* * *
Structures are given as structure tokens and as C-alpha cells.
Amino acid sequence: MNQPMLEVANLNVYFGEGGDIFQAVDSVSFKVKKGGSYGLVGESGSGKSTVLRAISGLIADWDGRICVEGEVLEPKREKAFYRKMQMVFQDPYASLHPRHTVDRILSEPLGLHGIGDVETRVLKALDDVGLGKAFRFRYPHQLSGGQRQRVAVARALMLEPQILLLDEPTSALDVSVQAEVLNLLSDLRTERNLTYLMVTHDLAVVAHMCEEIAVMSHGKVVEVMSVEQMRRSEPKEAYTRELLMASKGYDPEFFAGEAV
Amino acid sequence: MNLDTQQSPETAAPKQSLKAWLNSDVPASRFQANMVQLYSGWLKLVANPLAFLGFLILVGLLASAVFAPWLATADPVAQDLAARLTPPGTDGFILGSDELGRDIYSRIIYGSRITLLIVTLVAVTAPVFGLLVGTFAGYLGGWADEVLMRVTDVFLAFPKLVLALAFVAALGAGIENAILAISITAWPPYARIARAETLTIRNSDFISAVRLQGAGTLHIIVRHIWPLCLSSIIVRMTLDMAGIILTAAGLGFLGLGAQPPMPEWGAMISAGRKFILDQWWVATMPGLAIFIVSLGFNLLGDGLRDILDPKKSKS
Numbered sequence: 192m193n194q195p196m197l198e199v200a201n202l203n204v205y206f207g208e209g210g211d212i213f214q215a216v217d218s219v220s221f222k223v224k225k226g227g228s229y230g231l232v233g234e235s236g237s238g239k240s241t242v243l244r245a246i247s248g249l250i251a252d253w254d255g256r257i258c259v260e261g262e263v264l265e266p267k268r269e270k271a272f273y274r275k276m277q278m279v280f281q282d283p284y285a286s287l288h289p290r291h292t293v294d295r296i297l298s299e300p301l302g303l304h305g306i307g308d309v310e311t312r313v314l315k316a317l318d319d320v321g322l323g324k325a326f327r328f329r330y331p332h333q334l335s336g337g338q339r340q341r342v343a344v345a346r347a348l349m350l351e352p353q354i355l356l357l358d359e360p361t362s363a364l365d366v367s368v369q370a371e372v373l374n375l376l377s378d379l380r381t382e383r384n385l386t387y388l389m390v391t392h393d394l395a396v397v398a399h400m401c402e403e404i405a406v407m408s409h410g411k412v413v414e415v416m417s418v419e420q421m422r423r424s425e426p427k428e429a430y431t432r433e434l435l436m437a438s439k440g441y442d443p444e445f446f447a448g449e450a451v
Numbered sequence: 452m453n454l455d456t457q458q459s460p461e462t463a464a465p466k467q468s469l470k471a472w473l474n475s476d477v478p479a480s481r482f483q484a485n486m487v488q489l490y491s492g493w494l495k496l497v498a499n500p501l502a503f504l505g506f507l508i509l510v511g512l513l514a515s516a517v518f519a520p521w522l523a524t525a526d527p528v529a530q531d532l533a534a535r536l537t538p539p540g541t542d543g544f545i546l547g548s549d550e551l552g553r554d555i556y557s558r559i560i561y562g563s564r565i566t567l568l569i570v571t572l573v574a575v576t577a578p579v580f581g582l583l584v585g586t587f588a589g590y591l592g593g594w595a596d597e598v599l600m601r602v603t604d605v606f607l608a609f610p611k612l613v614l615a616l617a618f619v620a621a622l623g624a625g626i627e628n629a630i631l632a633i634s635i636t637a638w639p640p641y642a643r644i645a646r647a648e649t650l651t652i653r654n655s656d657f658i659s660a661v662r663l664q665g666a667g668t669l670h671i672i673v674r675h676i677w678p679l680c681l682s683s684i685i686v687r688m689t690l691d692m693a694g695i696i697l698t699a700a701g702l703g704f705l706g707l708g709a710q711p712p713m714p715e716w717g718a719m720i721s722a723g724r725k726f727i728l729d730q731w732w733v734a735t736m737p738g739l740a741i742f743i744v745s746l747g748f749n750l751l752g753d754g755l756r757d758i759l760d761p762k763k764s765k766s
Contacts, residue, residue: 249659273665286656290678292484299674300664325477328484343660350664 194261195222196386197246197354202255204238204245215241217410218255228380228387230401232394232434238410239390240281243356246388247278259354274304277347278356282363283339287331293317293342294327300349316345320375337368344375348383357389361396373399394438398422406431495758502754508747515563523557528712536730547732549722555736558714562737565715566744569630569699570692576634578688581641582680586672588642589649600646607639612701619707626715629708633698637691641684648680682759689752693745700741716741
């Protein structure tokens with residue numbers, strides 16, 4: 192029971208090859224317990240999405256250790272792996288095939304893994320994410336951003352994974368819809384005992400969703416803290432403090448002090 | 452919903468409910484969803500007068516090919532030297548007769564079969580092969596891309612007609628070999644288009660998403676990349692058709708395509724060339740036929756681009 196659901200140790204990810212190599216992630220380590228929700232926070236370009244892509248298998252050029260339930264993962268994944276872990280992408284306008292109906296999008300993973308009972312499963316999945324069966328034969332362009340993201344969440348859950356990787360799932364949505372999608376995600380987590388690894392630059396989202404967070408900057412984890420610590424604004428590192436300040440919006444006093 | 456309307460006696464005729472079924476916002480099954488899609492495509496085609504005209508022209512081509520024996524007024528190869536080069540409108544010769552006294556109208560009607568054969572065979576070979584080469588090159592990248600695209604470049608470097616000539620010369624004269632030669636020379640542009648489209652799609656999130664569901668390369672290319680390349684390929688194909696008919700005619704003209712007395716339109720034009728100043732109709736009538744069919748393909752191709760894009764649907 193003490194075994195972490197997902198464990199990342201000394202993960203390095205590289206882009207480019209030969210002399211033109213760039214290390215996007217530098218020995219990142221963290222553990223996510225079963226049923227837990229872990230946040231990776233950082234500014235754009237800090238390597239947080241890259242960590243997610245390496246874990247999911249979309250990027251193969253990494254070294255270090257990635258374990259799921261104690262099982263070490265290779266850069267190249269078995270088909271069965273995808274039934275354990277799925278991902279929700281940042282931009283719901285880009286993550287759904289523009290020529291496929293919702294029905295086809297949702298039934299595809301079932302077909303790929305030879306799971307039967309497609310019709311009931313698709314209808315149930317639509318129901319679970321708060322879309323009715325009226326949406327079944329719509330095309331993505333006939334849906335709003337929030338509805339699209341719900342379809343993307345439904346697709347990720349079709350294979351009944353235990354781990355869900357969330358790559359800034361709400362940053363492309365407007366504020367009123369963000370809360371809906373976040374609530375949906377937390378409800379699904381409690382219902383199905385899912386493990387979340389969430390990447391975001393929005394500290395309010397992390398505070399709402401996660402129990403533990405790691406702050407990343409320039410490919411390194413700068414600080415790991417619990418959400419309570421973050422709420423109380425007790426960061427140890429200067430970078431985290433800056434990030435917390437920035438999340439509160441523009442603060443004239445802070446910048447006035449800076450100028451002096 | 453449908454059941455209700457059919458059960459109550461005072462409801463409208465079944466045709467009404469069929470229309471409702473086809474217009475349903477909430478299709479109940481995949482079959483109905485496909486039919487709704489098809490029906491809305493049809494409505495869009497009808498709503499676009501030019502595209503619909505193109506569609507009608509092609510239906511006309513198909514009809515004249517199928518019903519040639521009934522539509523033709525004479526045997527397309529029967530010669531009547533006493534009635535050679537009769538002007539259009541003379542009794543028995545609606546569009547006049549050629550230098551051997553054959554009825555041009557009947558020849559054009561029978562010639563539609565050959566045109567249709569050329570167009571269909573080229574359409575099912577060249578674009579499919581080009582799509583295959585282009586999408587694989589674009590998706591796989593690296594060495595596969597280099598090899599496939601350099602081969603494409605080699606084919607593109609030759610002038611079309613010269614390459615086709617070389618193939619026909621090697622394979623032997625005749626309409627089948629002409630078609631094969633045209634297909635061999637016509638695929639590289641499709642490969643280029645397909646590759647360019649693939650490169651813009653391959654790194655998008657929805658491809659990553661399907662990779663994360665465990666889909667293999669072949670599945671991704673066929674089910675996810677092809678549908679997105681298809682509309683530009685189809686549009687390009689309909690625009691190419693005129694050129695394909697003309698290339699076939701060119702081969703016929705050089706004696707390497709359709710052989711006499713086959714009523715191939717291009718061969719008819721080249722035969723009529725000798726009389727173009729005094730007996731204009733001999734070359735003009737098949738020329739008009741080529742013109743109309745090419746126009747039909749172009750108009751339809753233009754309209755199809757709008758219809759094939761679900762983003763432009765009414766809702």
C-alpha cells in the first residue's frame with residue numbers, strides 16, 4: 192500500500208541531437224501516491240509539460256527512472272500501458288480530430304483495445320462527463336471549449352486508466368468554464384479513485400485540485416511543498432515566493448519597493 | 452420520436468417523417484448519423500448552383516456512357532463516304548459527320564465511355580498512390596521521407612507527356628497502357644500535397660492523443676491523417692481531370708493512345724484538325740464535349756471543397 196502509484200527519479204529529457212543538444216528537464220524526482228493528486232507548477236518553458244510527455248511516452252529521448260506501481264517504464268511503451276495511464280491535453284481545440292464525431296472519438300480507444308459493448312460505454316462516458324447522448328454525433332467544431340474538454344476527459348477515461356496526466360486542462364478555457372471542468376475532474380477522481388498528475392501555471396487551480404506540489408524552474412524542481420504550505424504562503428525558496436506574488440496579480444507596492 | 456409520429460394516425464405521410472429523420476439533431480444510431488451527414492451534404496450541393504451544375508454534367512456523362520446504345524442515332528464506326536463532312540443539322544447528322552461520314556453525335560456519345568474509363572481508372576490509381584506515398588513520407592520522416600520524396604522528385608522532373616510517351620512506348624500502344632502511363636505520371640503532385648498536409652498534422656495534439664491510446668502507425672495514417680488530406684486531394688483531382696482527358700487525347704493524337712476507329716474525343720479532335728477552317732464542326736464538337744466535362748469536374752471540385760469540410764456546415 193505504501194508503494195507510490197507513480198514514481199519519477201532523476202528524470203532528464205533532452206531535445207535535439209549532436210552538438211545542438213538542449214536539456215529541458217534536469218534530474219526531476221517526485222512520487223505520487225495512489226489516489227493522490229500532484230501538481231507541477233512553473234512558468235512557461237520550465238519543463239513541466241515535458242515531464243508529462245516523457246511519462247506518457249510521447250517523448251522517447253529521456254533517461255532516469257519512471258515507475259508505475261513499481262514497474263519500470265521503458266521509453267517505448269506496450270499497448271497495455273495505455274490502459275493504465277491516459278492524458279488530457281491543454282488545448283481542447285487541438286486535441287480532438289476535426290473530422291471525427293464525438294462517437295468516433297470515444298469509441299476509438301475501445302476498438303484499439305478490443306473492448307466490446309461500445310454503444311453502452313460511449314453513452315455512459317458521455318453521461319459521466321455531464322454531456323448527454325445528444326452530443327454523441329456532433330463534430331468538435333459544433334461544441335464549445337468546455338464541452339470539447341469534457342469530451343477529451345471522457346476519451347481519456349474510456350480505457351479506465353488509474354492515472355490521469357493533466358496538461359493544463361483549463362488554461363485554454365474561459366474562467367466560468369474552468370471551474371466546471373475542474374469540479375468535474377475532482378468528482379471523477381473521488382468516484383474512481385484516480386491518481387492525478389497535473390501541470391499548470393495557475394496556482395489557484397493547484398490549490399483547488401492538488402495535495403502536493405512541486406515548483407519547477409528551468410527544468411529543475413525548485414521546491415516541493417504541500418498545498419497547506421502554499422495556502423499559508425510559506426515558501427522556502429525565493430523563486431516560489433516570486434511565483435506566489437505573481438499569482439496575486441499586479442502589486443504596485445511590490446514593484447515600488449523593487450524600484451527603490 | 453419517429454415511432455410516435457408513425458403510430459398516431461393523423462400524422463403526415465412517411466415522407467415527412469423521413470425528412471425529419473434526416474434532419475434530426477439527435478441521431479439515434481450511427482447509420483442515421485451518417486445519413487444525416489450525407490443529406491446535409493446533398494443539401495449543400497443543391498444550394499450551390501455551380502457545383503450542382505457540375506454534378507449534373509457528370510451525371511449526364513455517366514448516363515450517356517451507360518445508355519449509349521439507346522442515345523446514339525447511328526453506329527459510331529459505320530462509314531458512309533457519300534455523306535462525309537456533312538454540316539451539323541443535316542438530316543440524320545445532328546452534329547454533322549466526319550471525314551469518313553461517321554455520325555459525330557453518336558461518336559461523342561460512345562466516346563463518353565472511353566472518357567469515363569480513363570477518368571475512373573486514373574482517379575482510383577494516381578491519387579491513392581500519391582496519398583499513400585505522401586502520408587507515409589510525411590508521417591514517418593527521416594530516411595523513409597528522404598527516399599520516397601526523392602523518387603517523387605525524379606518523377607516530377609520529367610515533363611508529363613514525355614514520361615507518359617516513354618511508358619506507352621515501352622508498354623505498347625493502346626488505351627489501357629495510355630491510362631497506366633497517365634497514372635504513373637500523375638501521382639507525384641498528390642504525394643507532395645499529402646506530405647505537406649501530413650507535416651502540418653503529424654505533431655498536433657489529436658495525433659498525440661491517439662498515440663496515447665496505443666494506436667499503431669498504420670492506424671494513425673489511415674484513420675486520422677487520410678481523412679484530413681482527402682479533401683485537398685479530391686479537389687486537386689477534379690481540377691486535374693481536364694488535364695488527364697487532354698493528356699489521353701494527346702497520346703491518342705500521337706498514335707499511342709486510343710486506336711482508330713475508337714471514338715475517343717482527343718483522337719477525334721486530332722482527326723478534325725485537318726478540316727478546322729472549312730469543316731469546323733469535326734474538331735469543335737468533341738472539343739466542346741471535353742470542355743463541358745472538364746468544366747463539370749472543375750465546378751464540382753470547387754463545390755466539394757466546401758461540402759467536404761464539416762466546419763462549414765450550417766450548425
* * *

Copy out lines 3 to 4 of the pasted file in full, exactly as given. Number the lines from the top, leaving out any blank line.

Amino acid sequence: MNLDTQQSPETAAPKQSLKAWLNSDVPASRFQANMVQLYSGWLKLVANPLAFLGFLILVGLLASAVFAPWLATADPVAQDLAARLTPPGTDGFILGSDELGRDIYSRIIYGSRITLLIVTLVAVTAPVFGLLVGTFAGYLGGWADEVLMRVTDVFLAFPKLVLALAFVAALGAGIENAILAISITAWPPYARIARAETLTIRNSDFISAVRLQGAGTLHIIVRHIWPLCLSSIIVRMTLDMAGIILTAAGLGFLGLGAQPPMPEWGAMISAGRKFILDQWWVATMPGLAIFIVSLGFNLLGDGLRDILDPKKSKS
Numbered sequence: 192m193n194q195p196m197l198e199v200a201n202l203n204v205y206f207g208e209g210g211d212i213f214q215a216v217d218s219v220s221f222k223v224k225k226g227g228s229y230g231l232v233g234e235s236g237s238g239k240s241t242v243l244r245a246i247s248g249l250i251a252d253w254d255g256r257i258c259v260e261g262e263v264l265e266p267k268r269e270k271a272f273y274r275k276m277q278m279v280f281q282d283p284y285a286s287l288h289p290r291h292t293v294d295r296i297l298s299e300p301l302g303l304h305g306i307g308d309v310e311t312r313v314l315k316a317l318d319d320v321g322l323g324k325a326f327r328f329r330y331p332h333q334l335s336g337g338q339r340q341r342v343a344v345a346r347a348l349m350l351e352p353q354i355l356l357l358d359e360p361t362s363a364l365d366v367s368v369q370a371e372v373l374n375l376l377s378d379l380r381t382e383r384n385l386t387y388l389m390v391t392h393d394l395a396v397v398a399h400m401c402e403e404i405a406v407m408s409h410g411k412v413v414e415v416m417s418v419e420q421m422r423r424s425e426p427k428e429a430y431t432r433e434l435l436m437a438s439k440g441y442d443p444e445f446f447a448g449e450a451v